LGBT or GLBT? Which one is it?


I have heard the question asked before whether the Gay, Lesbian, Bi Sexual, Transgender community are referred to as LGBT or GLBT more often? Why are there two acronyms that essentially point to the same outcome? Where did they come from and why do different people use LGBT or GLBT? These are personal accounts of how I remember the whole GLBT vs. LGBT debate.

Back when I was younger the “T” was silent and anyone who was “Queer” was considered just that. Neither gender nor sexuality factored into being under the “queer” umbrella. You were just different. Soon America loosened its morality belt and people started becoming more open about sexuality and how to express it. An explosion of new terms hit the scene as the gay movement was gaining momentum and cocaine was being introduced as the new drug of choice!

In the late 60s early 70s “LGB” was a pretty common term on the west coast. But in a short amount of time the”G” bumped the “L” out for front dominance. The Stonewall Riots were really a kick off point for the entire movement on a broad scale. The timing was perfect as the nation was beginning to pay attention to an entire sub class that they had ignored previously. Now armed with an identify that most people could recognize, the queer community marched on for equal rights and recognition. This was dominantly lead by a male force. No surprise.

Along with gay rights, women’s rights were a hot topic. Before the term lesbian became the normal nomenclature, most women that preferred their own to fulfill their sexual needs were just labeled as gay within the community. You would often hear “The gay girl” or “he-she”. I cannot remember when I first heard the term lesbian being used to identify gay women, but I do remember that not long after the word entered my vocabulary, “LGB” was the norm.

But as I mentioned previously, the movement was lead by mostly men like Carl Wittman, Adrian Ravarour, and Billy Garrison. Soon it was somewhat acceptable to be openly gay. But it was still seen as a men’s issue by large, even though an openly gay female politician named Kathy Kozachenko was just elected to a local office in Michigan. At the same time however, the rock band Queen was tearing up the scene and Freddy Mercury was a smashing sensation lending some credence to the notion that homosexuals where everywhere! Once the masses started recognizing this, “LGB” was soon “GLB”. For the most part a lot of people that were new to the gay rights movement used “GLB”. (Most did not even ask what the “B” was).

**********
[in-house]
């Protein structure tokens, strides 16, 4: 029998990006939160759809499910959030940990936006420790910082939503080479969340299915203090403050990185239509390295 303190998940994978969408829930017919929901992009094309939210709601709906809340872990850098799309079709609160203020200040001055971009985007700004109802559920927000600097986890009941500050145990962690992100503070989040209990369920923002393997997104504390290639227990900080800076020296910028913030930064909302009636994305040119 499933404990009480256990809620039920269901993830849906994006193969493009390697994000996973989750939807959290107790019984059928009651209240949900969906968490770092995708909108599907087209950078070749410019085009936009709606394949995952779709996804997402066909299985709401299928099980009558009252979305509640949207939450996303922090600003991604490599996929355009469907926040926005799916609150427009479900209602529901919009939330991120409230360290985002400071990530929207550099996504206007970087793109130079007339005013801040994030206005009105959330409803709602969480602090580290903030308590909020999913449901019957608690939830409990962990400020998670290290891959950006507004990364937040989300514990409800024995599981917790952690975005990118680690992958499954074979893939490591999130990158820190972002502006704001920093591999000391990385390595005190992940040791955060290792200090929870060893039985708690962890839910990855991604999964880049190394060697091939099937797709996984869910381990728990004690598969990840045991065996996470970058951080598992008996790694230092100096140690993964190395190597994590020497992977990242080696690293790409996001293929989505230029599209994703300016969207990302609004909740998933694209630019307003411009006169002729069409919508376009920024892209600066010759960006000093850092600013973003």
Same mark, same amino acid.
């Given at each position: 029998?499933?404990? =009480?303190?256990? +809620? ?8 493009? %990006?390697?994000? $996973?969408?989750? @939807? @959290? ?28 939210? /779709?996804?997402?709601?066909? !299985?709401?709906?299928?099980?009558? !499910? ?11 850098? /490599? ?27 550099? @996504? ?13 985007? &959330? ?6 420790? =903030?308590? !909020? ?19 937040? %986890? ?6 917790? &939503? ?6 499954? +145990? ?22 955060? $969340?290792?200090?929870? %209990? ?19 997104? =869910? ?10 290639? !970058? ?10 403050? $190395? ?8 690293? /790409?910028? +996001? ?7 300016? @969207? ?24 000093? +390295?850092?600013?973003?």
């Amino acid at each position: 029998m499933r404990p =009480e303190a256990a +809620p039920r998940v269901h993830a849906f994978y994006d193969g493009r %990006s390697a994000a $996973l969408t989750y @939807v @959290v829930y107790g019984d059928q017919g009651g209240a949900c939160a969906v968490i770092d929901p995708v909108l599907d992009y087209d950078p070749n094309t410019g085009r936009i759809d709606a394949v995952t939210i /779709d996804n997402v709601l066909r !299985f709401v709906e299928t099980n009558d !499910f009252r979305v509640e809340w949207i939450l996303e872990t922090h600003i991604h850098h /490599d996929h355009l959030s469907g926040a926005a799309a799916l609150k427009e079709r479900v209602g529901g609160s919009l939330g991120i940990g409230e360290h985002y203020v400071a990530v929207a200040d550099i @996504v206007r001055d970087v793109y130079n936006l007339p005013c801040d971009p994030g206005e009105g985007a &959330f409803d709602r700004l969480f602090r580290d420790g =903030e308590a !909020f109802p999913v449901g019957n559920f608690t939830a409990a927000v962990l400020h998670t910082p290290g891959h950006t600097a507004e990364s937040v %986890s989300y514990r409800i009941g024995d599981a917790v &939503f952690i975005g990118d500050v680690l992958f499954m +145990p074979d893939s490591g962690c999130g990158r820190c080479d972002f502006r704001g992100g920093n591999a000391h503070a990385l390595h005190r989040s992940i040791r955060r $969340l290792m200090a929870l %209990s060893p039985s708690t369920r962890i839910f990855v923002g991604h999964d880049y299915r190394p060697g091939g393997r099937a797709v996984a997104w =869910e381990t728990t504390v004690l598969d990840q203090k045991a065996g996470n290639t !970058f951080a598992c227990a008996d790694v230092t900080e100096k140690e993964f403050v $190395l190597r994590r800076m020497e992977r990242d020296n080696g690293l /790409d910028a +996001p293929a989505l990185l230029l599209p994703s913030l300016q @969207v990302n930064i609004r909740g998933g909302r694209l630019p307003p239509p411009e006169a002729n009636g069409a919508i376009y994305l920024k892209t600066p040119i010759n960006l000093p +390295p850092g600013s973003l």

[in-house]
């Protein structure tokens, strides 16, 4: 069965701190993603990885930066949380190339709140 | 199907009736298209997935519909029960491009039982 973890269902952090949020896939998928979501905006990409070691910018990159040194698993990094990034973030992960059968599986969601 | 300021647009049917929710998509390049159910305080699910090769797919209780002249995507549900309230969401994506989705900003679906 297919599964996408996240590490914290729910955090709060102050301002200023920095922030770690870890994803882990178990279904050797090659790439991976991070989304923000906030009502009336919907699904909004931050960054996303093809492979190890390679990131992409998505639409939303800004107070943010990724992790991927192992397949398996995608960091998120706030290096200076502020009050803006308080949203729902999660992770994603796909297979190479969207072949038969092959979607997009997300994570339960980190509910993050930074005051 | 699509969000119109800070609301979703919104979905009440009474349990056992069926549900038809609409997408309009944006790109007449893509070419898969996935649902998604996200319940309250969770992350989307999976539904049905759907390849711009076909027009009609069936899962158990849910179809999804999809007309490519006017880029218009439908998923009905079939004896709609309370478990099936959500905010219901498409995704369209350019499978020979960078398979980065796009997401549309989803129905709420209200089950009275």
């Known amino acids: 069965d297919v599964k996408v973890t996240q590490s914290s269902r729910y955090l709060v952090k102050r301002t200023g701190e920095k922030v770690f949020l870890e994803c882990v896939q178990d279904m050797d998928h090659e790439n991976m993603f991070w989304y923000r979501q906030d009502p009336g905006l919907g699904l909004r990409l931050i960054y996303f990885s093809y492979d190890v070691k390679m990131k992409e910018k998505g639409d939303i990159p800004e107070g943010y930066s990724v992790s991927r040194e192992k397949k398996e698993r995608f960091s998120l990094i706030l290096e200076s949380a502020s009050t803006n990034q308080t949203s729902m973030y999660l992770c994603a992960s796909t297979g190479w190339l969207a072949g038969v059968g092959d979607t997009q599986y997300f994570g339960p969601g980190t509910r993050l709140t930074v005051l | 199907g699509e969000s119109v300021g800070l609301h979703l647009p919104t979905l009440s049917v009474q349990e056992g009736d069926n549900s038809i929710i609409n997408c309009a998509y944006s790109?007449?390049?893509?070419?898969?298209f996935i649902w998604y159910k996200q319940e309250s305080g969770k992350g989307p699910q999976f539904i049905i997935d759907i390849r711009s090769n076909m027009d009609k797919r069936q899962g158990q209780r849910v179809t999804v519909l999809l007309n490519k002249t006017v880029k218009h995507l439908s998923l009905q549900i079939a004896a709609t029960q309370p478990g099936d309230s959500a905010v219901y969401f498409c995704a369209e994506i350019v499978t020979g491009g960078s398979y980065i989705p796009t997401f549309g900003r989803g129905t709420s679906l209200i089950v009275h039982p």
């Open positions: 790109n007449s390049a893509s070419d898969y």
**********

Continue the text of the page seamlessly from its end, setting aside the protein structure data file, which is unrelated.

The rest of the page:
But never underestimate the gumption of the female species. Women did not want to be lumped into the same category as the men. They were fighting for their own independence and the abandonment of the stereotypical society views on them from the 50s and 60s. They wanted their own rights as a gender and sexuality. I cannot recall exactly when people started using “LGB” again over” GLB”, but for me it seem to go straight from “GLB” to “LGBT”. Call it shivery. Never the less I remember meeting many passionate women during my travels that had the same fire in their heart for equal rights as the men did.

One of my favorite lines from Anchorman: The legend of Ron Burgundy:

You know, times are changing. Ladies can do stuff now and you’re going to learn how to deal with it.

Ahh so true Mr. Danny Trejo.

Soon most people that I knew used “LGBT” over “GLBT”. In reality, there never was a “GLBT” in my circle because the “T” was not really introduced until “LGB” was the norm once again. But that is another debate. Now we have added a “Q”, then another “Q”, and an “I” and an “A”. I just recently learned about Pansexuality, but haven’t seen the “P” yet. So to simplify things it does not matter if people use “LGBT or GLBT” or some other variation. It really depends on the when and where you were exposed to the homosexual culture and also the people around you at that time. How we refer to ourselves tells a lot about us. As a gay man in his later years, the term queer is not so offensive. But I remember a time when men younger than me were absolutely offended by it.

From now until I leave this earth, if your sexuality falls outside of heterosexuality, I will refer to you as part of the LGBT community no matter how many more letter we tack on the end. Just call me old fashioned I guess.

Editors note:

The LGBT or GLBT discussion above was written by a personal friend of mine, named James, after asking him about how he refereed to the gay community growing up.  James has been an activist for the LGBT community for 50 + years and currently resides in Atlanta. Discuss your views in this tread :

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